Poetry celebrating 25th wedding anniversary of John C. and Cornelia H. Bentley, 1907

This is a collection of poems and notes that celebrate the 25th anniversary of John and Cornelia Bentley. The friends and family of the Bentley’s wrote these words and they are sweet mementos from this occasion. I like the creativity of their friends and the ways that they sent their congratulations.

Invitation: New Zealand Ambassador and Mrs. Munro to Mr. and Mrs. J. Bentley, 1954

Invitation, 1997.0005.0137

This invitation to the New Zealand embassy is very interesting to me as this is an international link to the Bentley’s in the Sandy Spring community. I imagine that attending a cocktail party at an embassy is a classy event and it is interesting to see the handwritten note that is included in this invitation. Clearly the Bentley’s knew some people in high places!

Caricature: by (Earl D.) Chesney baseball of Jack Bentley

Caricature, 1997.0005.0128

Caricatures are always interesting because they highlight a specific aspect of one’s personality or persona. This drawing of Jack Bentley displays his baseball career in a really dynamic way. I especially like the action lines around his exaggerated foot that give the feeling of movement or momentum as he winds up to throw the ball.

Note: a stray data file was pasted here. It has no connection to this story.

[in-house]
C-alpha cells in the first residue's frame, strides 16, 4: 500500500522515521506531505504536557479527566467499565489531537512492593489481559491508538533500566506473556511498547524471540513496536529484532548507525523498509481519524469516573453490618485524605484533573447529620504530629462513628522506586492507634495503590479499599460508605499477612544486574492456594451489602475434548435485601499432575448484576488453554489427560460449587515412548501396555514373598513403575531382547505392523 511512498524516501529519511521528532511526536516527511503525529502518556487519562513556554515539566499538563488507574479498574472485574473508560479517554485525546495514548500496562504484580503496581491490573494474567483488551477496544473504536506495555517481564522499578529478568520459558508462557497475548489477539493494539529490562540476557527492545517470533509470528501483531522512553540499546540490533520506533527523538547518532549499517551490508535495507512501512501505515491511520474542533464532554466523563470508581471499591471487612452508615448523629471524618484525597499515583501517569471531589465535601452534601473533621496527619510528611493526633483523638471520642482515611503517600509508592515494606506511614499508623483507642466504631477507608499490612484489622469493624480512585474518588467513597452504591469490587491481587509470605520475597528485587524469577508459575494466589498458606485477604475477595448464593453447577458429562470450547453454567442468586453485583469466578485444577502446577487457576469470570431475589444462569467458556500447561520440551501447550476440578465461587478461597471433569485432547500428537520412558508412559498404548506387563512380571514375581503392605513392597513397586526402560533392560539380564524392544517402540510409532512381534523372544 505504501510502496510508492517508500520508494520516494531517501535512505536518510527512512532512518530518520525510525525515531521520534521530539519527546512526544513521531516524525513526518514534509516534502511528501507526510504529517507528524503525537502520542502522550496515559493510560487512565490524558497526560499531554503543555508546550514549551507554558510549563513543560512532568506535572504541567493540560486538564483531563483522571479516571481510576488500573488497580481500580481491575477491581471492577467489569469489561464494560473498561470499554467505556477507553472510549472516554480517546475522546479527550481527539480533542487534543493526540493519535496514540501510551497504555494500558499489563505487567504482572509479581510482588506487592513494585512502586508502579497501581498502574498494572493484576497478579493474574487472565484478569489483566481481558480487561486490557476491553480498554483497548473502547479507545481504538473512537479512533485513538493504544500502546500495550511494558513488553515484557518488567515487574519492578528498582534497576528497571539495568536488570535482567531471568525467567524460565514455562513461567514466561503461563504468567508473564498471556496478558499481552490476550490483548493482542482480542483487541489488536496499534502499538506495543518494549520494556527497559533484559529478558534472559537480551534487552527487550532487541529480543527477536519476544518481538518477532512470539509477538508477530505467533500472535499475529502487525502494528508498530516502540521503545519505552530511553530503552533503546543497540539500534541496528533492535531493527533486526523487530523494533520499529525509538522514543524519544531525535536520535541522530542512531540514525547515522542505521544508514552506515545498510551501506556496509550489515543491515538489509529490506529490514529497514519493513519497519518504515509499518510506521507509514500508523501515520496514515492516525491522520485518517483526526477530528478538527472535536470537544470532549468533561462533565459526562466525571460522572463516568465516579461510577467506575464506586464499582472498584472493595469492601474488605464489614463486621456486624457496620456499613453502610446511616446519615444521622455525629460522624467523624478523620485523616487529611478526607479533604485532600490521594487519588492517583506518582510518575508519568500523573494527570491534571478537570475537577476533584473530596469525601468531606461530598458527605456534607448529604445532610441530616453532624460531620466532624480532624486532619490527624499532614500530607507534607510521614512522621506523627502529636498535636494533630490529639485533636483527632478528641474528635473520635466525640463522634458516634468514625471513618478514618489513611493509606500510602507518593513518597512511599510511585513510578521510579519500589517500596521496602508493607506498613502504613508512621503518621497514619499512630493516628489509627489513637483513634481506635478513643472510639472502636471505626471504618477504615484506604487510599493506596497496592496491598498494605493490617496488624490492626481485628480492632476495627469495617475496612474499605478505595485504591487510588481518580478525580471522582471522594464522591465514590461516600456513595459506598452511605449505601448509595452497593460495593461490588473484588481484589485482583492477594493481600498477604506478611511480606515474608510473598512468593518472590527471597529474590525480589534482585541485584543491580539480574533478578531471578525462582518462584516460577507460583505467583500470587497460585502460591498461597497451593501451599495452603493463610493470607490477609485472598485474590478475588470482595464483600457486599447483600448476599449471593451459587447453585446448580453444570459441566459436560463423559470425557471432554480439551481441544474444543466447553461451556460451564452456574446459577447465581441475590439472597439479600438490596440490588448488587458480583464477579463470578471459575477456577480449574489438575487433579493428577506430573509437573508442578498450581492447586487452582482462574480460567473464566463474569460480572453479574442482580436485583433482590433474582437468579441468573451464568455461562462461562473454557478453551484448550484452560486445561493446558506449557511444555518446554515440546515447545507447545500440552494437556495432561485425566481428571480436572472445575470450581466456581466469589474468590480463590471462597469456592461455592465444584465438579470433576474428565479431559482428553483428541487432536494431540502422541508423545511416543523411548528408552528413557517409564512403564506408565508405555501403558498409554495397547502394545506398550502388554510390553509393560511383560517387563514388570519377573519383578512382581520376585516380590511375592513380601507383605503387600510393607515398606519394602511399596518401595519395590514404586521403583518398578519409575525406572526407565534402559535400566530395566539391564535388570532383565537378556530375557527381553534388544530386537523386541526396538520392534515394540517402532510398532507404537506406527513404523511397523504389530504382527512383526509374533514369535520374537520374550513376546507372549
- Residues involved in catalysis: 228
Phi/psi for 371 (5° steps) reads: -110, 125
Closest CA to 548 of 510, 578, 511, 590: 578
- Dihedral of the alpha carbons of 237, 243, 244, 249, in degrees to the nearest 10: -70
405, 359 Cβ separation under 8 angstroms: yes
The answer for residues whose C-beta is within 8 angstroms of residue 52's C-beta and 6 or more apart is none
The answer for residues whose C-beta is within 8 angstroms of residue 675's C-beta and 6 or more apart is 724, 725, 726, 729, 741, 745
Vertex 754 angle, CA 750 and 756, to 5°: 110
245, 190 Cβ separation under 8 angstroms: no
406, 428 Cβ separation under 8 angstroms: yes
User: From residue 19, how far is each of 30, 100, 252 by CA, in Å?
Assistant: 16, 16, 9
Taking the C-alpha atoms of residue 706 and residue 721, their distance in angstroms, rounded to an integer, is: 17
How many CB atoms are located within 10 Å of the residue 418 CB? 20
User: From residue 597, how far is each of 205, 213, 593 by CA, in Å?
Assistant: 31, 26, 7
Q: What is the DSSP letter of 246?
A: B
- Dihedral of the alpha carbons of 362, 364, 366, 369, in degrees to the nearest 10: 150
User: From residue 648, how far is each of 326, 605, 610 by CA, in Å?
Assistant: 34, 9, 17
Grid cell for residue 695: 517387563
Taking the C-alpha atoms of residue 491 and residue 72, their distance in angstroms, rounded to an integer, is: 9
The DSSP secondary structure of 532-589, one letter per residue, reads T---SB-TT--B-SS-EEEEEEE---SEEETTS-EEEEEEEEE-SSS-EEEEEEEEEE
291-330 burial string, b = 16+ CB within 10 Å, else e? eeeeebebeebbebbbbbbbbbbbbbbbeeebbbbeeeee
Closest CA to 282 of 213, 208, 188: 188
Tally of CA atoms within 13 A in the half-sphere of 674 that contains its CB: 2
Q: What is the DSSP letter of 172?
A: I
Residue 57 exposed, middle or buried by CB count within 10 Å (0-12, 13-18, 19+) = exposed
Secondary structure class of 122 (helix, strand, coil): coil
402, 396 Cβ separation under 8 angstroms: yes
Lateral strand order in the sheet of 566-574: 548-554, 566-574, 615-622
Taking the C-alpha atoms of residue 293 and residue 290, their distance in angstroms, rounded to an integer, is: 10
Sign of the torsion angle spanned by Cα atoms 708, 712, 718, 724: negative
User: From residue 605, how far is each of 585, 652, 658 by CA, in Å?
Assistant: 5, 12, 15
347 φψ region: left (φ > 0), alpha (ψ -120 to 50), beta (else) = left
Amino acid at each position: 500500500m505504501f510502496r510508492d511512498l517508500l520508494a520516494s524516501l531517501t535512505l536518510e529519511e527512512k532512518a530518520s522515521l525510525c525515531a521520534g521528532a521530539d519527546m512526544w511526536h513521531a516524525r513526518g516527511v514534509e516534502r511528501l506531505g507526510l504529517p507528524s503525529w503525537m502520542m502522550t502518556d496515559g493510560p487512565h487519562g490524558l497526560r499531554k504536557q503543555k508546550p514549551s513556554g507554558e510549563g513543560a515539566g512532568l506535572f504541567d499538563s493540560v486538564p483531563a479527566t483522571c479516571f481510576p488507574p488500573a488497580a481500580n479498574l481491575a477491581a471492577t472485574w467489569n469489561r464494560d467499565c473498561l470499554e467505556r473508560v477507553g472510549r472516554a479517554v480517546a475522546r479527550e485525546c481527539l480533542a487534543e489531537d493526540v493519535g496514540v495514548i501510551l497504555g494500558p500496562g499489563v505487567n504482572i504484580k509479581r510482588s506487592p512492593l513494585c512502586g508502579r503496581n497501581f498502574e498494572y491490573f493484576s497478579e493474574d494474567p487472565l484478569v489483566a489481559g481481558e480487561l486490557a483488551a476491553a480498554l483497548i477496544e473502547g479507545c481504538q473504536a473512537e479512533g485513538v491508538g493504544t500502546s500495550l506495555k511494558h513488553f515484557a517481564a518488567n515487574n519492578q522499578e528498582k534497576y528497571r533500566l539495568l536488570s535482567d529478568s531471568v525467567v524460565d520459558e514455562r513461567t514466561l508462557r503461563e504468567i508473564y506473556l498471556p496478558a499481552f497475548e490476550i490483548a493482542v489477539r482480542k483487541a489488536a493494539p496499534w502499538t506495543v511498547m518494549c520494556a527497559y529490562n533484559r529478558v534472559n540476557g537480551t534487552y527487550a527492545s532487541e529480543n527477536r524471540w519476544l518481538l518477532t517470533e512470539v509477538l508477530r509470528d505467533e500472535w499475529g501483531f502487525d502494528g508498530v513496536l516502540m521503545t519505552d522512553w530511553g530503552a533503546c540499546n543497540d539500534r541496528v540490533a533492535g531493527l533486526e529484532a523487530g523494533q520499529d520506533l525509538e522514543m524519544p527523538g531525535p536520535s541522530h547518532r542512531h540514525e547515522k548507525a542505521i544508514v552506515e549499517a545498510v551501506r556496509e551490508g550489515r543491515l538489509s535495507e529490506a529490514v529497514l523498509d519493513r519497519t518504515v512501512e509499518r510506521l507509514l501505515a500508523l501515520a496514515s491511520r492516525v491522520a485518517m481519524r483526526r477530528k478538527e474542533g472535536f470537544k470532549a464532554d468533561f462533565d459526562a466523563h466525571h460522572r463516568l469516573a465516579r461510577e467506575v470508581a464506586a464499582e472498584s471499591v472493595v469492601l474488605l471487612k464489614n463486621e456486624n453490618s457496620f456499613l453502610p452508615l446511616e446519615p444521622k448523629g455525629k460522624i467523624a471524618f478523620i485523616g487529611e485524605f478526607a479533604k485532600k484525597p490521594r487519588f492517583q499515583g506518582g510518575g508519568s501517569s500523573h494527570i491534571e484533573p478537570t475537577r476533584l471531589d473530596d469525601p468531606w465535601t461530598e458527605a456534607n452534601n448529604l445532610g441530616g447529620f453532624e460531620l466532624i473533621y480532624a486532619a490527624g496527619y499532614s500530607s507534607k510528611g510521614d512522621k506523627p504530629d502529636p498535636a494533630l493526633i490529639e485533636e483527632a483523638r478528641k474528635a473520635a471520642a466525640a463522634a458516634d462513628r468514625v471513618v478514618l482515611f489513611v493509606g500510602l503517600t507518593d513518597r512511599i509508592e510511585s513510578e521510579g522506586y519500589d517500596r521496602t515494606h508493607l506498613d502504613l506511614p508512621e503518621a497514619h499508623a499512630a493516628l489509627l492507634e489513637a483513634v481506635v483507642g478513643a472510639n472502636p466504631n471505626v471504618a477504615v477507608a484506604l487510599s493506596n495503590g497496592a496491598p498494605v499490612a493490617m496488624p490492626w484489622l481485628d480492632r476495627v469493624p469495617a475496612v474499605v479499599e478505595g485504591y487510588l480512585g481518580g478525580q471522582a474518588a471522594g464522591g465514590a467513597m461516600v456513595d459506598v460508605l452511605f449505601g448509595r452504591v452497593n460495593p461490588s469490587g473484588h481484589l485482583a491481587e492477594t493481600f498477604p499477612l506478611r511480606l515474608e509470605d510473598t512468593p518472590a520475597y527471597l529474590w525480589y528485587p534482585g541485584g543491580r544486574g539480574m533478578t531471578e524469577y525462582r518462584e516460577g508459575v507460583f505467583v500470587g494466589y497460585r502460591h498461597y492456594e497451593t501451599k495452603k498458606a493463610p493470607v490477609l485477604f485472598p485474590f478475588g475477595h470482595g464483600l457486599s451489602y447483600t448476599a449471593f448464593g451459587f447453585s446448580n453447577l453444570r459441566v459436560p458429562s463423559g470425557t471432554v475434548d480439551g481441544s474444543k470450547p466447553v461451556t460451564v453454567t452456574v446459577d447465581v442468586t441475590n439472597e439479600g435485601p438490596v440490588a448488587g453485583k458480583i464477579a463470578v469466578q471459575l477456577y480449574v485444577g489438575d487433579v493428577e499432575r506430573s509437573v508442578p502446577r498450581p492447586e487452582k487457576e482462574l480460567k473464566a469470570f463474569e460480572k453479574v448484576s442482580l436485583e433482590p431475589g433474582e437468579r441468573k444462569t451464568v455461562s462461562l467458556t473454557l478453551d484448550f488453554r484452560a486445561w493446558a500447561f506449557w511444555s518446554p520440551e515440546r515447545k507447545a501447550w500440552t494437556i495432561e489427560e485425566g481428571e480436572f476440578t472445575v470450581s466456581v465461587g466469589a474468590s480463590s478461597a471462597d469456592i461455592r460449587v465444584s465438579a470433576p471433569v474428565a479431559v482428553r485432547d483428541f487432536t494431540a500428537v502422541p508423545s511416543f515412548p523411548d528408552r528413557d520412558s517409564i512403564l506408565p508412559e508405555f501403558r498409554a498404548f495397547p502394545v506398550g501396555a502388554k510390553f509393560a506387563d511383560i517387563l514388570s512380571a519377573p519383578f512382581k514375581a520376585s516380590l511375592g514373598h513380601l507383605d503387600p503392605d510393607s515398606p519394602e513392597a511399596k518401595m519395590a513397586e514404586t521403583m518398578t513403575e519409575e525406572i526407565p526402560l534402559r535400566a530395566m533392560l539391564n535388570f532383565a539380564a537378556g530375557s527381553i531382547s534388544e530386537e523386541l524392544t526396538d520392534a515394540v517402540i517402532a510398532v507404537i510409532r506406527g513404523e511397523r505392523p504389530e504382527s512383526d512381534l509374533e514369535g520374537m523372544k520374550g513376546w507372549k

Letter: to editor of American Farmer

Letter, 2001.0001.0018aa

Gardening has seen a resurgence and expansion during the coronavirus shutdowns, many are cultivating their land and seeing what varied items they can try to grow. An important aspect to gardening and farming is using fertilizer to add essential nutrients for growth. This letter is an interesting description of bat guano, a fertilizer famously introduced to Sandy Spring in the 19th century, which was traded from Peru.

Patricia’s Picks July 2020

Diary:  Ellen Stabler, 1917

Diary, 2001.0019.0040
Fifteen-year-old John Caleb Bentley’s copybook will astonish you with not only the detailed complexities of his equations but also the eloquence of his penmanship.  As a bonus, John has a habit of doodling in the margins, which gives you a little insight into what a teenager in 1865 thinks about while in school.